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Should I go to law school?

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I am interested in pursuing a career in public policy. A lot of people are telling me I should go to law school, but I don't really have that much interest in actually practicing law; rather, a lot of jobs I am interested in are dominated by former/current lawyers (ex: state legislator). Would a Masters in Public Policy/Public Affairs be useful? I am currently an economics major. #law #lawyer #law-school #attorney #law-practice #policy #degree

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Kim’s Answer

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My answer is questions. I'm sure as an economics major you are very analytically minded. Have you written down the pro's and con's? Do you have to be an elected official in the limelight? Can you be happy being the Chief of Staff, Chief of Constituent Affairs, or some other high ranking title in an elected official's staff? Why do you want to be an elected official? What do you hope to accomplish? What other positions are there where you could accomplish the same thing without going to law school? What percentage of elected officials are not lawyers? Is the trend towards more or less lawyers being elected? If you do not feel strongly motivated to go to law school, will you be able to apply yourself to the rigorous studies for 3 years? Do you know how much debt you will incur? What type of law do you plan to practice while working your way into an elected position?


Okay, I think that's enough questions! Personally, if you do not feel it calling you, I think it will be difficult. But, if you really feel this is the path to where you want to be, then go for it. But, please, seriously consider some of the questions I have posed!!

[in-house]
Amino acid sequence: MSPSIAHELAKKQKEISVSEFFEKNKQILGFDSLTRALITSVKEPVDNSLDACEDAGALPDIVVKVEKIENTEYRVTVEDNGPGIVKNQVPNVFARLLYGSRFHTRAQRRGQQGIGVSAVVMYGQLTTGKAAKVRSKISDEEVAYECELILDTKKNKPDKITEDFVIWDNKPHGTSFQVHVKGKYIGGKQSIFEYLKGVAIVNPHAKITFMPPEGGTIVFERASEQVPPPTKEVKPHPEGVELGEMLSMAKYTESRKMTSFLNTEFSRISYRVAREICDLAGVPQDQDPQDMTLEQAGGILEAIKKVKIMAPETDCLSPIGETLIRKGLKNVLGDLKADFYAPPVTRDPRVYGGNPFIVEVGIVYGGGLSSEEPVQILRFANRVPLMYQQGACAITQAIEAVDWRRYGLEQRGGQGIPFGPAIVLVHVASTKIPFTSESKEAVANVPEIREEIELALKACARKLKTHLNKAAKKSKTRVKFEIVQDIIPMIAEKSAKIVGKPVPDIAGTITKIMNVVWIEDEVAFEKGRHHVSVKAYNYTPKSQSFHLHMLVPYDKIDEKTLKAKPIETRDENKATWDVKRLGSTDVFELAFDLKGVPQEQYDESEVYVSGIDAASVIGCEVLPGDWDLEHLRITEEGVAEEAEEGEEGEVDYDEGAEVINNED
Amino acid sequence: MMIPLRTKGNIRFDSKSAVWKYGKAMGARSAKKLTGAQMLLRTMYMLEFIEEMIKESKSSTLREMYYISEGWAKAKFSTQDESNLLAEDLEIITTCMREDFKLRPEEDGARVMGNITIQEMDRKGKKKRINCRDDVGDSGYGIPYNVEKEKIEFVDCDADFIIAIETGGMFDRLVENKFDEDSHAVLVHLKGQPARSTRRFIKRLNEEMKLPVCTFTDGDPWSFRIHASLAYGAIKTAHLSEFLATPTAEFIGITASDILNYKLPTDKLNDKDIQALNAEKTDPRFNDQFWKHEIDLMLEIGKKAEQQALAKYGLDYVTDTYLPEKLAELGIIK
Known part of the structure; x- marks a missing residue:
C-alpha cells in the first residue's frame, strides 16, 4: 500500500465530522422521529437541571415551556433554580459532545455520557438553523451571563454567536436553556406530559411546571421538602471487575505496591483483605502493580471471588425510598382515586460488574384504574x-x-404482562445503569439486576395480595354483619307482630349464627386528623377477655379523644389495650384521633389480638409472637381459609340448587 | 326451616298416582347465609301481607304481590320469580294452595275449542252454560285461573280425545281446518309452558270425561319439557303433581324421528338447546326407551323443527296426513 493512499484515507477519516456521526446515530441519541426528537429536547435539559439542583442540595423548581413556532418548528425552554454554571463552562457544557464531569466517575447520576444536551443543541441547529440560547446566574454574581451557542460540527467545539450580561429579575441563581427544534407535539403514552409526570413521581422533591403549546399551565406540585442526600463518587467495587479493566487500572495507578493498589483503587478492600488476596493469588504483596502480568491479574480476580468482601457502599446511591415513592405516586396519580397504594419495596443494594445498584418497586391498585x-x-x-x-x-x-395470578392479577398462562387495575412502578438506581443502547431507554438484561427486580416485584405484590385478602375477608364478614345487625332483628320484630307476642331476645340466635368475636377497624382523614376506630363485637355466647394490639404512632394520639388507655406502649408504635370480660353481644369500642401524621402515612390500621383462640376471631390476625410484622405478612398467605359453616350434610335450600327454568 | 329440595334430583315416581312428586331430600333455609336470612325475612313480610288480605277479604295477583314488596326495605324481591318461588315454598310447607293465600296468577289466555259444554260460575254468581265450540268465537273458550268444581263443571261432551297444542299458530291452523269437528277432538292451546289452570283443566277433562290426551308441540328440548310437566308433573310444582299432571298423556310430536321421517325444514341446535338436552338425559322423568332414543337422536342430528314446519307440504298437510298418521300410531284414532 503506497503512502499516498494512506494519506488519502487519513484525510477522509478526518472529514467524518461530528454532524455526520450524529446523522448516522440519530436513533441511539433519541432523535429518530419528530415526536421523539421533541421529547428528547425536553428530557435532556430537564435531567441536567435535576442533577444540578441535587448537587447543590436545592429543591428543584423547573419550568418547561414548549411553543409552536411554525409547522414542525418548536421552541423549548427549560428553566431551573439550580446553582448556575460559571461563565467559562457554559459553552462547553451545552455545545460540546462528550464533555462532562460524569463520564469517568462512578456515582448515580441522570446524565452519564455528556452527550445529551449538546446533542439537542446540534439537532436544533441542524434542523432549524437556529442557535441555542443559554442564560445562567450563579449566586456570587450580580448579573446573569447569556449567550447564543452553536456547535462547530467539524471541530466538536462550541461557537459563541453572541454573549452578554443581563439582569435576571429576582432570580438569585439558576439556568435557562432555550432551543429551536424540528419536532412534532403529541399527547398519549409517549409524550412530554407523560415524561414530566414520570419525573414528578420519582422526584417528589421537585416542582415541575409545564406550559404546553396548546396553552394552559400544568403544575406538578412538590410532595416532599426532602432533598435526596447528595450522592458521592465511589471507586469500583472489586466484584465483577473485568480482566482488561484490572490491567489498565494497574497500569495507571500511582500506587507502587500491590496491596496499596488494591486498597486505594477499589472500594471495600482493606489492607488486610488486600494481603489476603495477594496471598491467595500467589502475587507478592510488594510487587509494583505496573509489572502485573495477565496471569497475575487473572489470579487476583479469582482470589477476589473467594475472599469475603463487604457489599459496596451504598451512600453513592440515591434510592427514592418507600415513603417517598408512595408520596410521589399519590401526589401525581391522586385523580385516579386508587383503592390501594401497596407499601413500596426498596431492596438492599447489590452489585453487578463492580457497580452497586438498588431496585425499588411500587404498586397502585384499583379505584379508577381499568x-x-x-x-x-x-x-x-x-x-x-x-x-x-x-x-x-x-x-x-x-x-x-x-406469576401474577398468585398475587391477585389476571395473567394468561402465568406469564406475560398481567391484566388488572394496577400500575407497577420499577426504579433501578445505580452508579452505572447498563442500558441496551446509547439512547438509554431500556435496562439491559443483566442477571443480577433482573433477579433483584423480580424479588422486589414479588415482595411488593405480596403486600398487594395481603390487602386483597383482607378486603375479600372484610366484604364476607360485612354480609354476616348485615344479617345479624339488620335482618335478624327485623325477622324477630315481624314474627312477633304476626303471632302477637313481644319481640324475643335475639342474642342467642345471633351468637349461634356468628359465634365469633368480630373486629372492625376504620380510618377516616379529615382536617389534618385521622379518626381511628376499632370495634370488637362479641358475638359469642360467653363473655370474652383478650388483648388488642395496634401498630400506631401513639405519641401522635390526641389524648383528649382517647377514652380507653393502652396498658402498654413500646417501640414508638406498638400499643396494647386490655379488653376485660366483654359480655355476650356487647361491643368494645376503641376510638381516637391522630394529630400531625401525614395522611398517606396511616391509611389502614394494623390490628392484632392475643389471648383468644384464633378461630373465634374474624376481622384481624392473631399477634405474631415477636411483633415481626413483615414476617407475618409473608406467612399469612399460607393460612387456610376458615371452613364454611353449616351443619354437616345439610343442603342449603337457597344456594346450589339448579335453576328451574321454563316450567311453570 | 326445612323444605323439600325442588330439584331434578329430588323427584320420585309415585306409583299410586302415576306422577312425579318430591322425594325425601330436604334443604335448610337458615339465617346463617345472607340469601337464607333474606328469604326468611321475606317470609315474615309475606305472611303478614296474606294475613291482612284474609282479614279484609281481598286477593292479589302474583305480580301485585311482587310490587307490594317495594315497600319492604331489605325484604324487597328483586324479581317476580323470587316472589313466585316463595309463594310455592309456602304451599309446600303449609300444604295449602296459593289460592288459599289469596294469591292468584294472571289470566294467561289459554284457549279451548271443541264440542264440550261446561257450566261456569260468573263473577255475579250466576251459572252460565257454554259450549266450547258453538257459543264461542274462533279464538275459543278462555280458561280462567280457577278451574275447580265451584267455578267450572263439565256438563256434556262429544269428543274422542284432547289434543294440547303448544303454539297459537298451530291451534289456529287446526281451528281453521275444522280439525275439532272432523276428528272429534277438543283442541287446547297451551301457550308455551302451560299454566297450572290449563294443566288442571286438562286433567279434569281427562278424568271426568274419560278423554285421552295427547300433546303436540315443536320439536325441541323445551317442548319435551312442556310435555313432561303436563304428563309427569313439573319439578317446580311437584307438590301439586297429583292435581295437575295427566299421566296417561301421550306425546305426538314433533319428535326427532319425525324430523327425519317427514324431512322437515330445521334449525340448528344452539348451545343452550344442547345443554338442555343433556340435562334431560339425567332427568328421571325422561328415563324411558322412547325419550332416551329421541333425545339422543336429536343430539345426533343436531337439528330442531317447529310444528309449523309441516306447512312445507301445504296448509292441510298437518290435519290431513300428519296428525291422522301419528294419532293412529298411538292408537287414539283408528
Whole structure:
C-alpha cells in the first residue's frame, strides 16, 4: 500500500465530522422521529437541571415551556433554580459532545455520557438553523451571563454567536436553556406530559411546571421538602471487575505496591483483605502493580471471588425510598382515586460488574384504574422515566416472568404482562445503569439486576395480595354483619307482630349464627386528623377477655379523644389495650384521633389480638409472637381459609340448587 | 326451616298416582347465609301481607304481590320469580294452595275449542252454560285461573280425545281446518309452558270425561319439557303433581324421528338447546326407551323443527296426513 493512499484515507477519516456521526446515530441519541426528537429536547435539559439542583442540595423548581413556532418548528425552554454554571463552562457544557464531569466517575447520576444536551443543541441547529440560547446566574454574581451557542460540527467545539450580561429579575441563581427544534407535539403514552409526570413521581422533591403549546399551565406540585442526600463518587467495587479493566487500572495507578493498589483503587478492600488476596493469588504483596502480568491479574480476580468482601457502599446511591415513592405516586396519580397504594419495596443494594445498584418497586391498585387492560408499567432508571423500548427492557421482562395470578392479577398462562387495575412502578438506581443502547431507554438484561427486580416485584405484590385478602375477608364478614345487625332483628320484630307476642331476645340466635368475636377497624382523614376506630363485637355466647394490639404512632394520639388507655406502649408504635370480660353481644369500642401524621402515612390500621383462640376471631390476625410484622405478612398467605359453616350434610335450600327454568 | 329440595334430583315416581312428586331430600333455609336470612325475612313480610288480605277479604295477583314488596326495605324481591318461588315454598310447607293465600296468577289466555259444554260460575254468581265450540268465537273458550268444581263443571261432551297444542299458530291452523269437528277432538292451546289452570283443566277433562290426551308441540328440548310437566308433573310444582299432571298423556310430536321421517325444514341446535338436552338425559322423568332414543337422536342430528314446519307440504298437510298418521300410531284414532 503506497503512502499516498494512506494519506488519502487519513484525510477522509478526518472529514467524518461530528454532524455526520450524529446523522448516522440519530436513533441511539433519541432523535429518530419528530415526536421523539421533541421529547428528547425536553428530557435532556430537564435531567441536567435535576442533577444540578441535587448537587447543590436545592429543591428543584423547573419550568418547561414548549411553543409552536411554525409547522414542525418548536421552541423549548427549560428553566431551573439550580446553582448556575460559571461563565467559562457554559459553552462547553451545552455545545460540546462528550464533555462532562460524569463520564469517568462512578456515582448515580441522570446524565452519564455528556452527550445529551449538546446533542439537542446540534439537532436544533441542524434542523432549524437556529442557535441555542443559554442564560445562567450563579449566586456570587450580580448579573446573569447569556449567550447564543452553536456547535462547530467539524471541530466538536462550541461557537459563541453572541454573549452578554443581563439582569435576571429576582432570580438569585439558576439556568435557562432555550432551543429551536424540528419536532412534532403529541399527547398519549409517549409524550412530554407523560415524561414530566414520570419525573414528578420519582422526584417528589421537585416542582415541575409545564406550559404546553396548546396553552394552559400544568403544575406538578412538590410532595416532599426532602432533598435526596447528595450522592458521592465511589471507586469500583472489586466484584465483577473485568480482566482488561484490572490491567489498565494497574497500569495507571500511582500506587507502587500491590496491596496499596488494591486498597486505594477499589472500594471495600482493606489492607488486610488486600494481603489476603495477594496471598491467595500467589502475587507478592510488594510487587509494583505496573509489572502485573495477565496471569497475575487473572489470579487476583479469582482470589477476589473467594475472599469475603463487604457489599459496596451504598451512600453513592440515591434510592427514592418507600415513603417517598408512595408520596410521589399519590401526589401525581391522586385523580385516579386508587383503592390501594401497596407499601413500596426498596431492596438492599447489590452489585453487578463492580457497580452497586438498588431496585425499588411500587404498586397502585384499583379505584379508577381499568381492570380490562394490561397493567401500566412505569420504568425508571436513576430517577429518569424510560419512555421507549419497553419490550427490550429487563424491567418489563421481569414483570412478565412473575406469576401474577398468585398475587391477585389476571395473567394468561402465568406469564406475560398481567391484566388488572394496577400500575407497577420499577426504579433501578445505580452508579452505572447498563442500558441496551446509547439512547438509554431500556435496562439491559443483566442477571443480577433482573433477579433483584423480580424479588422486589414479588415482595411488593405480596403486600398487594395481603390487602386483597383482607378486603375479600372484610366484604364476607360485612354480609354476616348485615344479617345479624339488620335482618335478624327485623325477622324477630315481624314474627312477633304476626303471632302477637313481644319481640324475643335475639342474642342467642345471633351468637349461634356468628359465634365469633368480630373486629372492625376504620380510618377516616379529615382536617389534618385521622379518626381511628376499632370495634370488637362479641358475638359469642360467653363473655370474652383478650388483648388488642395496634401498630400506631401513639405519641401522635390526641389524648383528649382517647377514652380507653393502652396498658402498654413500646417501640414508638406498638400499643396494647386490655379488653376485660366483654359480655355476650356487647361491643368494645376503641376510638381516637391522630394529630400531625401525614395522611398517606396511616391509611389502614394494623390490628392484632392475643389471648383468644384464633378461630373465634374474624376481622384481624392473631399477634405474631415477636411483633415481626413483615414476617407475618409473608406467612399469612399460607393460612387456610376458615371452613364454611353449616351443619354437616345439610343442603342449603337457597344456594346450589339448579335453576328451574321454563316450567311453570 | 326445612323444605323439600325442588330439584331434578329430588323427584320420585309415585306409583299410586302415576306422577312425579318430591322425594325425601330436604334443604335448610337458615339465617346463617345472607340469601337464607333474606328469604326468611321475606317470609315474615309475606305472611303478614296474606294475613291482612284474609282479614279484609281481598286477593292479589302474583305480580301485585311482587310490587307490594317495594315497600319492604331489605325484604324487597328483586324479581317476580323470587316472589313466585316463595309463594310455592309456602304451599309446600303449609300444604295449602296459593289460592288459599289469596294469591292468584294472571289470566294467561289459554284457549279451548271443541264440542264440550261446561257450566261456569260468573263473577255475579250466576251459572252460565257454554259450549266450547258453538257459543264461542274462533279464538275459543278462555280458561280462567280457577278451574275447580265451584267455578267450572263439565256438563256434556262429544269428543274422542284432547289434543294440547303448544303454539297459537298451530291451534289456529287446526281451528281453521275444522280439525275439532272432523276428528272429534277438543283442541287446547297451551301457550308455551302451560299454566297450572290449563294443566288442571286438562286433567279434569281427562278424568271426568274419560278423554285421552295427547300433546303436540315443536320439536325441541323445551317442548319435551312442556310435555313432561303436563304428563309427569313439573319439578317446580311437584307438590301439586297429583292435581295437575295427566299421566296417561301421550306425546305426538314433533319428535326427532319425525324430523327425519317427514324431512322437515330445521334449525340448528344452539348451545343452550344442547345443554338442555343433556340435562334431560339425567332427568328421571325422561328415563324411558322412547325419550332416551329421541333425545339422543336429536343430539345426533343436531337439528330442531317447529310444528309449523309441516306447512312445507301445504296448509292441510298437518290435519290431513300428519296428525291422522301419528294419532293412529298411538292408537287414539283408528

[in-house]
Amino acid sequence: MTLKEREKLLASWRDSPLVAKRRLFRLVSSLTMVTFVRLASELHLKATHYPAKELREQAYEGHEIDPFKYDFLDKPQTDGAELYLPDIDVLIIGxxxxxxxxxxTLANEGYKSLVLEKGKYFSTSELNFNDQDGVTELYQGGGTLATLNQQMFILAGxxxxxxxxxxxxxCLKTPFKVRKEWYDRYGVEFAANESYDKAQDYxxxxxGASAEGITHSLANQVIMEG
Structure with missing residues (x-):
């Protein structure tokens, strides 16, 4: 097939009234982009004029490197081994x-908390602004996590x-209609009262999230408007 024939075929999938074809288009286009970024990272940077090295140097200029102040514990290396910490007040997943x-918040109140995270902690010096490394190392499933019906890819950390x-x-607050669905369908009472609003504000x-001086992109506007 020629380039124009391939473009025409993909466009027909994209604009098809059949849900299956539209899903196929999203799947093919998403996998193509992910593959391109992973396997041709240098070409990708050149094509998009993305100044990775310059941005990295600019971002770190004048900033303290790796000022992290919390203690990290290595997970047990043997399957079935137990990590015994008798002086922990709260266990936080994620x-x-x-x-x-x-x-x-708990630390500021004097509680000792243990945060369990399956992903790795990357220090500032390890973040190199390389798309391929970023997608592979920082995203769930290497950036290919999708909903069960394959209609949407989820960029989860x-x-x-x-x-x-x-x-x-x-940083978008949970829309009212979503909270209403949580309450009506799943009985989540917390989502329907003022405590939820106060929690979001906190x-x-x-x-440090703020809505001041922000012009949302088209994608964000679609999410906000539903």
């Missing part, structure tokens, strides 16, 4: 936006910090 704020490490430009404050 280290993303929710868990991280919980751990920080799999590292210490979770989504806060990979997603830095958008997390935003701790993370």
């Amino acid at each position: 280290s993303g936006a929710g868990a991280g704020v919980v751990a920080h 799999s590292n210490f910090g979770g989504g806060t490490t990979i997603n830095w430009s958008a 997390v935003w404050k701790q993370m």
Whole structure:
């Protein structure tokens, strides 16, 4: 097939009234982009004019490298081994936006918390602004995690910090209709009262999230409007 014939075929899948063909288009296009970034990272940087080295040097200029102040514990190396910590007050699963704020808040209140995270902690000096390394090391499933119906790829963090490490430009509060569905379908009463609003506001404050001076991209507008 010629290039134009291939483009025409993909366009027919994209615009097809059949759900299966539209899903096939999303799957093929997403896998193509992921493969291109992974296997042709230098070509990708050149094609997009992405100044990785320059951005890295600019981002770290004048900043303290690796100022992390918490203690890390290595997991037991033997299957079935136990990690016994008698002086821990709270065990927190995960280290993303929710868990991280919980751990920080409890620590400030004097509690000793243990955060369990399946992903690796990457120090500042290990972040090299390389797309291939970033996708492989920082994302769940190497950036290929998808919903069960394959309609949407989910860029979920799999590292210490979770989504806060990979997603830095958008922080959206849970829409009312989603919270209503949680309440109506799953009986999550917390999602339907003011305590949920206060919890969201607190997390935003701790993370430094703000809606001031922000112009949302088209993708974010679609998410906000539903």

Kim

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Toral’s Answer

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There are many paths to enter any field: a law degree is one path, but not the only one! Considering you are still in college, I'd suggest pursuing internship and/or entry level experience during summers and post-graduation. This will provide valuable insight into the roles of interest, how people got there, and whether it is the right fit for you.


My own path to public policy at a tech company has been circuitous, but unified by the desire to shape policymaking. After getting a Bachelor's degree in Geography and Political Science, I worked abroad in international development, specifically on urban and environmental planning issues. I then pursued a Master in City Planning (which has many similarities to an MPP but differs in scale). This degree has equipped me to work effectively with City governments, communities, and now a major tech company on issues of local importance.


Long ways of saying: often the more indirect paths of learning can be the most enriching - for both you and future potential employers. A law degree may be incredibly valuable - but as Kim suggests, only pursue it if it truly calls to you.

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Julie’s Answer

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Shaping policy requires number of skills, and while law expertise is one it's not the only. I've found one of the most important components of policy shaping is being an expert on the issue you are trying to shape, understanding our audience and what compels them to make decisions, and bridging to change by negotiating and advancing incremental steps. A masters in public policy/affairs is definitely a way to learn the field. Personally, I studied Spanish and Chemistry, leveraged this expertise to get work experience, and then pursed a public health degree.

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